Thirty-years on – Jamaicans remember destructive hurricane Gilbert
The first name that usually comes to mind when Jamaicans recall the devastation of Hurricane Gilbert in 1988 is reggae singer Lloyd Lovindeer.
That’s because Lovindeer’s song, Wild Gilbert, so felicitously captured the occasion, meticulously blending the agony of the destructive mood of the natural disaster with the auspicious nature of the Jamaican culture.
In addition, there is the fact that the hurricane also destroyed a portion of Dynamic Sounds studio on Bell Road in Kingston, which forced him to delay completing the writing of his song about the disaster, giving him much more time to review the situation, which he used to include nearly all the developments that were worth recording.
“Dynamic Sounds was my recording studio, but it was out of commission and I couldn’t record for three weeks, and in the meantime a number of other people were rushing to put out their record of the events,” Lovindeer told the Jamaica Observerlate Monday night.
“But, I decided to take my time, go around the island as much as I could to see what really happened, so I could write from a real perspective of what did happen,” he said.
“I decided to take my time and write, so it was a good thing that the studio was out and, although it affected the sales at the beginning, they bought out the copies and put it out later and exported to everywhere in the Diaspora,” he boasted.
Lovindeer, however, did not realise how big the song had become across Latin American countries like Nicaragua, which were also affected by Gilbert. Even though the Latin Americans did not understand much of his Jamaican vernacular, they certainly understood the rhythm and the words “wild Gilbert”. The result was that the song spread like a raging fire across the region.
Gilbert was regarded as the most intense Atlantic hurricane on record until it was surpassed in 2005 by Hurricane Wilma. It was also one of the largest tropical cyclones ever observed in the Atlantic basin and, at one point, its tropical storm-force winds measured 925 km in diameter.
Weather records available online state that Gilbert was the 10th named storm and third hurricane of the 1988 Atlantic hurricane season. It developed from a tropical wave on September 8 while located 640 km east of Barbados.
Following intensification into a tropical storm the next day, it steadily strengthened as it tracked west-northwestward into the Caribbean Sea.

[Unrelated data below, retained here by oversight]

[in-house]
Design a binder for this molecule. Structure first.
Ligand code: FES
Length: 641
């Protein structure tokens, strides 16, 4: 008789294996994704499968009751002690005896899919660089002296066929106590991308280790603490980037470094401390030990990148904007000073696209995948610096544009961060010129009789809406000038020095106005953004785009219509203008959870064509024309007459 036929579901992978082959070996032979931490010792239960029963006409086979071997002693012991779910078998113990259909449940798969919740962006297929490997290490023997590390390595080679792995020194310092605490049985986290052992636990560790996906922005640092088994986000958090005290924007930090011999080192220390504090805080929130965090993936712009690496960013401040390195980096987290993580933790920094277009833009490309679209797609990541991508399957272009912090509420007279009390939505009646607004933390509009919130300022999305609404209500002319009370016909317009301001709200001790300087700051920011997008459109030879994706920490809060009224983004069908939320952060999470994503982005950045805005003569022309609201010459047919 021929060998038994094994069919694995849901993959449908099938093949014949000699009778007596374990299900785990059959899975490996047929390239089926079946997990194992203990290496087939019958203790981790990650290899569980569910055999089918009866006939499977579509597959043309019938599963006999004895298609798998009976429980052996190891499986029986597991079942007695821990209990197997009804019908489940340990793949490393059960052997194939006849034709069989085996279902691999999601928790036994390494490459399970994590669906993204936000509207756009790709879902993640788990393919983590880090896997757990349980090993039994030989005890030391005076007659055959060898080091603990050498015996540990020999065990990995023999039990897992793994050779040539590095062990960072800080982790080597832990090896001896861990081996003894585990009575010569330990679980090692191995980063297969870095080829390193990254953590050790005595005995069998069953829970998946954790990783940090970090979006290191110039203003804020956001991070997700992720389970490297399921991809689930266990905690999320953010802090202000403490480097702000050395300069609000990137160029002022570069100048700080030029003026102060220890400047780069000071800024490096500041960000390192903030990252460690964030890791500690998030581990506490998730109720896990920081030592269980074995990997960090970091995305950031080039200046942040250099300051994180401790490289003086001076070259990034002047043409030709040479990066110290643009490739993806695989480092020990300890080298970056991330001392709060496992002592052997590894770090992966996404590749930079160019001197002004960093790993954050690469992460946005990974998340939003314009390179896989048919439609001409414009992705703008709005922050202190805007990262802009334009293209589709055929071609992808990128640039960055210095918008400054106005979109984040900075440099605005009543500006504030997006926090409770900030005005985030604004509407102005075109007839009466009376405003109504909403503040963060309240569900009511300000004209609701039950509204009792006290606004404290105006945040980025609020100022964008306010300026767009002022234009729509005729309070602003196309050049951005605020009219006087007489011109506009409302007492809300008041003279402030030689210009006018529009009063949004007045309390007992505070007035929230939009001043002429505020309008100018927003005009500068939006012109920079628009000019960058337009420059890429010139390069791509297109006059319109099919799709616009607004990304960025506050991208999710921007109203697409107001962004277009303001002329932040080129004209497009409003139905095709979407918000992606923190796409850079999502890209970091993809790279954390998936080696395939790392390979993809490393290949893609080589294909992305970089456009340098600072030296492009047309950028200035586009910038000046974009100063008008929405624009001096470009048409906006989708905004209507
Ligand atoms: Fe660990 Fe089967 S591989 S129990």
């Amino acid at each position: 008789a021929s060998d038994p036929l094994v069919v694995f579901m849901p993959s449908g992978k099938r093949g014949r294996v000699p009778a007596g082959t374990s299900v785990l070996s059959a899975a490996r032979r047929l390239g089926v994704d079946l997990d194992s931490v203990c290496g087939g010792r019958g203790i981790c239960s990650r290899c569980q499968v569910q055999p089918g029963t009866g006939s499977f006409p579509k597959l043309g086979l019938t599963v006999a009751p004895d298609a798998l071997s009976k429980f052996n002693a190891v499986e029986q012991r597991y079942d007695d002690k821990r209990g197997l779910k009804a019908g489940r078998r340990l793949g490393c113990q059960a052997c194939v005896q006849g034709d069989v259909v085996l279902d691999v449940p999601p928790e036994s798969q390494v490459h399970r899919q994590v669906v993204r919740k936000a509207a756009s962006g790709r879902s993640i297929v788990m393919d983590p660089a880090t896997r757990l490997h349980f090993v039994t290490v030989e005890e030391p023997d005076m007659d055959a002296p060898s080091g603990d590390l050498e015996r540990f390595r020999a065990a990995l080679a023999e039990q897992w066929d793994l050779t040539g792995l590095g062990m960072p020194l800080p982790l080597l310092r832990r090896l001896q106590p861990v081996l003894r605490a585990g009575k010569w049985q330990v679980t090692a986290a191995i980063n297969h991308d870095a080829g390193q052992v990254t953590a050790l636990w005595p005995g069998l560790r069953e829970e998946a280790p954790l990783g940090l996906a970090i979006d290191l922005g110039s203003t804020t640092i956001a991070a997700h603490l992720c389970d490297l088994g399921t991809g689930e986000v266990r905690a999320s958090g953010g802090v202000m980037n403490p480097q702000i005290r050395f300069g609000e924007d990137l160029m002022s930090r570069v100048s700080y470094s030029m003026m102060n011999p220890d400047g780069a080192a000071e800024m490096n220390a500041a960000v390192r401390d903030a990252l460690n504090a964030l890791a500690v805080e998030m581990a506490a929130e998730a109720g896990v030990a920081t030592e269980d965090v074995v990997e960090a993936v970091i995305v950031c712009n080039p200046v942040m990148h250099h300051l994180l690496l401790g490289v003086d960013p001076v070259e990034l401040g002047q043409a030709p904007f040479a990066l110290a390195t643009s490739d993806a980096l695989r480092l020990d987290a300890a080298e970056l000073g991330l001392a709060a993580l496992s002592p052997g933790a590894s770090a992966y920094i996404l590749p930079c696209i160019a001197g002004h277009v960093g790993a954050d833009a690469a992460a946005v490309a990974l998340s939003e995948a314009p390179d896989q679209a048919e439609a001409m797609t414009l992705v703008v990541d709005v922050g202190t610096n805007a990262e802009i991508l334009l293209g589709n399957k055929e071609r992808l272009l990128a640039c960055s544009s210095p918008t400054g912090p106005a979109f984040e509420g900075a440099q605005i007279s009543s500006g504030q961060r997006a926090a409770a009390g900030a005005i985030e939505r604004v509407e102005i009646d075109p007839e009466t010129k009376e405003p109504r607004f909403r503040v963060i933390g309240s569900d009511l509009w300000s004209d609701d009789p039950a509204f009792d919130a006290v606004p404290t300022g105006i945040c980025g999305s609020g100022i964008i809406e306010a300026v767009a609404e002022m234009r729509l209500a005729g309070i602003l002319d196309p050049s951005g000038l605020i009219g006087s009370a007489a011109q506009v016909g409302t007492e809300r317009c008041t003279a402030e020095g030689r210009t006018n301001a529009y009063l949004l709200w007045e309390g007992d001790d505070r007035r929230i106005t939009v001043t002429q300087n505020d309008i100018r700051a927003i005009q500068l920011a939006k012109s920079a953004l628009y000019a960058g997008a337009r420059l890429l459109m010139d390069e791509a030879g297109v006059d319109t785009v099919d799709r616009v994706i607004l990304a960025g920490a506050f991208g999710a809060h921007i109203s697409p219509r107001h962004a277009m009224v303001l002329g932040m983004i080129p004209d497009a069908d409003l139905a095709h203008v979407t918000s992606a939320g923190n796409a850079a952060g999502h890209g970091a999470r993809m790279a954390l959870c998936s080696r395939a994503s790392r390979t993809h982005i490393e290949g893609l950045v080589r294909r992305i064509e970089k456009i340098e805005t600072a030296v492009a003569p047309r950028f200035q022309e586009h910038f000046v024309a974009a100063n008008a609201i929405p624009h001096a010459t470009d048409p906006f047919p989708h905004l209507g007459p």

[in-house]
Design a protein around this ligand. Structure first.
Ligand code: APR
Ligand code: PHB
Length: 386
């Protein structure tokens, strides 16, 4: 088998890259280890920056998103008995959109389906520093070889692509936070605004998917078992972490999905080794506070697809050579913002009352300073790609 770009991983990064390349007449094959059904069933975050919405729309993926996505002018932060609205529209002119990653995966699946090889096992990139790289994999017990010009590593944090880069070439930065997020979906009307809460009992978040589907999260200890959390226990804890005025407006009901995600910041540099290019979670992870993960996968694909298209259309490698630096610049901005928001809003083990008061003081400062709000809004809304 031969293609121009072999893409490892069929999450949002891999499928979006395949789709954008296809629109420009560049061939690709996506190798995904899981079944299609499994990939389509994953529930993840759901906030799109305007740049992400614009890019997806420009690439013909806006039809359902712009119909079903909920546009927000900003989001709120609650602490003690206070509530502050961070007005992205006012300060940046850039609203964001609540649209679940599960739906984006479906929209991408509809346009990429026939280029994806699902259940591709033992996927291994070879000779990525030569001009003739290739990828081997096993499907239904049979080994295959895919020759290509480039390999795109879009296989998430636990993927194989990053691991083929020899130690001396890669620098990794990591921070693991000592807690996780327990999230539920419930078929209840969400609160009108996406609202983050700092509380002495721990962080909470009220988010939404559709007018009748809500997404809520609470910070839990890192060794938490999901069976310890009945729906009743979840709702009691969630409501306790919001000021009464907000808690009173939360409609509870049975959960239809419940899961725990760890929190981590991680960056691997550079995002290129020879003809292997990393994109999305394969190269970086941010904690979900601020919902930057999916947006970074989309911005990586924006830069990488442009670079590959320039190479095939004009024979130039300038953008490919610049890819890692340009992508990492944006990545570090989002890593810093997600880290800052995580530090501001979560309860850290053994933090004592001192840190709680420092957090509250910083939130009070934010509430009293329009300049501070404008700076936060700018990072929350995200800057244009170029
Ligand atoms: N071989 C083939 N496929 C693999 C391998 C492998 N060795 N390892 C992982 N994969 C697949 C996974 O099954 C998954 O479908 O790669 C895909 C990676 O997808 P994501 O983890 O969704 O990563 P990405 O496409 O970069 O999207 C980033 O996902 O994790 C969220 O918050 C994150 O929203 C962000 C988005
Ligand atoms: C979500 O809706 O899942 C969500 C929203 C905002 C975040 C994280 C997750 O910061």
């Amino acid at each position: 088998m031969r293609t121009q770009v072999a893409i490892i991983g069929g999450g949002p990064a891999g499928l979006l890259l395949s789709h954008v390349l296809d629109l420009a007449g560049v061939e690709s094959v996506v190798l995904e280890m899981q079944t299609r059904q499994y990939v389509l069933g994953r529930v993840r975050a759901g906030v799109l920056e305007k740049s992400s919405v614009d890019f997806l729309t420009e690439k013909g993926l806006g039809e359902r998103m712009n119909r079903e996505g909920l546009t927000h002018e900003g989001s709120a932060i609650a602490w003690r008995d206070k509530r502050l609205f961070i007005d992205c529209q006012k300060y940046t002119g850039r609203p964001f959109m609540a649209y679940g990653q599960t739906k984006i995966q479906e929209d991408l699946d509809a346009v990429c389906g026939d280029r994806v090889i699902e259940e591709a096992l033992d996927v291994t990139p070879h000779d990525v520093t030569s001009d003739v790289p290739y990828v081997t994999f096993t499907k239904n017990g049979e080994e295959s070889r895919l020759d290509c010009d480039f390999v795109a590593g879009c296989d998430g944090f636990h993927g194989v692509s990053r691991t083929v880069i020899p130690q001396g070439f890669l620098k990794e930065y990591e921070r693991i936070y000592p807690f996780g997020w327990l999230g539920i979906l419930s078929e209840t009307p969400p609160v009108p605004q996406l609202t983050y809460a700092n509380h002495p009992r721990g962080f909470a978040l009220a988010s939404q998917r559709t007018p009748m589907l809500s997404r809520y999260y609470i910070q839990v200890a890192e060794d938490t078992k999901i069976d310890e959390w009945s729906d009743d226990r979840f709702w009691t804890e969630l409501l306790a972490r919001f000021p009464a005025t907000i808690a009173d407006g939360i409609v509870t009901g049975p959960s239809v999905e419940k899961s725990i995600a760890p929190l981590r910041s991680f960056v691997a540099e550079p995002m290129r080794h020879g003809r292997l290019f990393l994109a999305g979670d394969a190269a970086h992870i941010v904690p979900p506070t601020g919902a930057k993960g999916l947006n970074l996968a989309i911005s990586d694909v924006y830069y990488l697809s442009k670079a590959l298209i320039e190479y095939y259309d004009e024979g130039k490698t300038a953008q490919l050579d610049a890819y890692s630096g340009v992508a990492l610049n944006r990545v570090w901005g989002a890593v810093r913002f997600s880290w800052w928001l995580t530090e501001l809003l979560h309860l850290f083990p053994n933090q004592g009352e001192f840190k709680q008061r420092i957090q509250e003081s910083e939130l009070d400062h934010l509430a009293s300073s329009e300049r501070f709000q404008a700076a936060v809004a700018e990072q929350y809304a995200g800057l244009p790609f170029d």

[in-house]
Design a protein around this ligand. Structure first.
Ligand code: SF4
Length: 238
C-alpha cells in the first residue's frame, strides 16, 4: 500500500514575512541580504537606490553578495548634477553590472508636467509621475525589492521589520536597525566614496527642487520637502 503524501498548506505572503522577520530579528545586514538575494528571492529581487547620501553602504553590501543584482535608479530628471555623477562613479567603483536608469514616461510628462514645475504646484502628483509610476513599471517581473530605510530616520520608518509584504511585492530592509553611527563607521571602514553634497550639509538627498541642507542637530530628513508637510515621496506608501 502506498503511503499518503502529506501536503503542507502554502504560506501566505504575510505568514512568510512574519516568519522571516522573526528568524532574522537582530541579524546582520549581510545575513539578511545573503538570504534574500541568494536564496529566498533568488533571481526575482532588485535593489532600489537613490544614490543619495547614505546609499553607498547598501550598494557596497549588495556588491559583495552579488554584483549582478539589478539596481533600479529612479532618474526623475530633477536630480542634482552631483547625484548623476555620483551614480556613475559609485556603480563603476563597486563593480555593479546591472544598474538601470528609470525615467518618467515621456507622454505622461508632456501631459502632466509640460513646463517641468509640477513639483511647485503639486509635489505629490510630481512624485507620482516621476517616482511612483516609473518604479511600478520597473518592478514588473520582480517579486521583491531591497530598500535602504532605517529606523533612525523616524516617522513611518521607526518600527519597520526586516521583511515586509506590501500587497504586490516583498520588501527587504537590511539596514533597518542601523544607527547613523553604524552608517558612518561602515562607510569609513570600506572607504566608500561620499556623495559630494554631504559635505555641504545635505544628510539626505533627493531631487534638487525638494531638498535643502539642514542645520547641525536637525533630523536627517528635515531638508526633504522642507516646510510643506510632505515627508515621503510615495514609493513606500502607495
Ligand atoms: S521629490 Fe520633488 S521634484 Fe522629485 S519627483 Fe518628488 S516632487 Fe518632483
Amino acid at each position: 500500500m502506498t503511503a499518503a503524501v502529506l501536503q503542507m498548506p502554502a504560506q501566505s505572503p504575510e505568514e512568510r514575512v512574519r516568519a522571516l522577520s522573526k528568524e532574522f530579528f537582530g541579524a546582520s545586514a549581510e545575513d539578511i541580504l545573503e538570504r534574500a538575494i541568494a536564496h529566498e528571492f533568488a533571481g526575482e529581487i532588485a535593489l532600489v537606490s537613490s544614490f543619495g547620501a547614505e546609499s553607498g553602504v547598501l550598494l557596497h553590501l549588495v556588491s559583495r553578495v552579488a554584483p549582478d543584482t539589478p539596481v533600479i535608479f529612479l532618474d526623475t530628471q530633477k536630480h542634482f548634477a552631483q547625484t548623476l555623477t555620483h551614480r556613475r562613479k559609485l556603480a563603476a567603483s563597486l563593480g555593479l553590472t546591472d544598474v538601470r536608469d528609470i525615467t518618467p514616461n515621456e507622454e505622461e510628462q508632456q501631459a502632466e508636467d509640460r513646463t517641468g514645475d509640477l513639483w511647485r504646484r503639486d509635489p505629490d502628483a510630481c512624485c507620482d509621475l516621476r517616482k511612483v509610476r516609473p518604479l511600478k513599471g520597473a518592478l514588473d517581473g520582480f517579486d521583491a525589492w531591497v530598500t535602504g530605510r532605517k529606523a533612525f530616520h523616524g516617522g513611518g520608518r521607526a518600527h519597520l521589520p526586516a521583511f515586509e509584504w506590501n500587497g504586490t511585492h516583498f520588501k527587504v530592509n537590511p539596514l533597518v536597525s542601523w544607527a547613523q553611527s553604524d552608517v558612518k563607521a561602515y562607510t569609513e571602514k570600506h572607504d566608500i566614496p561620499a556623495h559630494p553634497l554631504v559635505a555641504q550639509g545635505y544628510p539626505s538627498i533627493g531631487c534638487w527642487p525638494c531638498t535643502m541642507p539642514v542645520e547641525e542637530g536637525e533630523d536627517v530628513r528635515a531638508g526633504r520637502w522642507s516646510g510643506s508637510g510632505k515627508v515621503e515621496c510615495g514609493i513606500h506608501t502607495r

On September 10, Gilbert attained hurricane intensity and rapidly strengthened into a Category 3 hurricane.
Gilbert made landfall on the east coast of Jamaica at 10:00 am on Monday, September 12, 1988 as a Category 3 hurricane. It later intensified to a Category 5.
The eye measured about 15 miles across as it struck Jamaica. Wind speeds averaging 75 miles per hour, gusting to 127 mph, were recorded in the Kingston Metropolitan Area. As the eye exited western Jamaica at 6:00 pm, it intensified further (888 millibars).
For two days, rain from Gilbert pummelled Jamaica’s 14 parishes, leaving behind 45 bodies and an estimated US$8 million (J$40 billion) in damage.
It devastated all sectors of the society and the economy, especially rural farming communities, with damage to agriculture accounting for more than 40 per cent of the total loss.
Ninety-five per cent of all health facilities suffered damage, and it was estimated that more than 800,000 individuals sought shelter.
A one-month state of public emergency was declared for St Thomas, St Catherine, and Kingston and St Andrew by then Prime Minister Edward Seaga who was already close to the end of his second term as head of the Government.
Tasked with the job of getting Jamaica back on track, Seaga admitted that it was one of his greatest challenges.
“Gilbert was tough. It was a three-month problem,” he admitted.
He said he first heard of the hurricane only hours before it made landfall and immediately made arrangements to address the nation via television. He also met with relief agencies, including the Red Cross.
“I had to advise the people, among other things, that there would be a lull at some time, but that did not mean that the hurricane had passed,” he said then.
During a break a day later, Seaga was able to view the damage close up as we joined him on a tour of the city of Kingston.
The security forces were deployed to help out in rural areas badly damaged by the hurricane. For weeks there was no electricity, very little water and no ice in what was a devastating summer heat.
One of the most cruel blows was that we all missed watching on television, Ben Johnson’s 100 metre gold medal run at the Seoul Olympics.
Johnson was eventually disqualified after he was found guilty of doping. We could not even make a comment because big, bad Hurricane Gilbert saw to it that we missed the Olympics that year. But I do recall that six of the eight finalists in the 100 metres that year were eventually named for doping.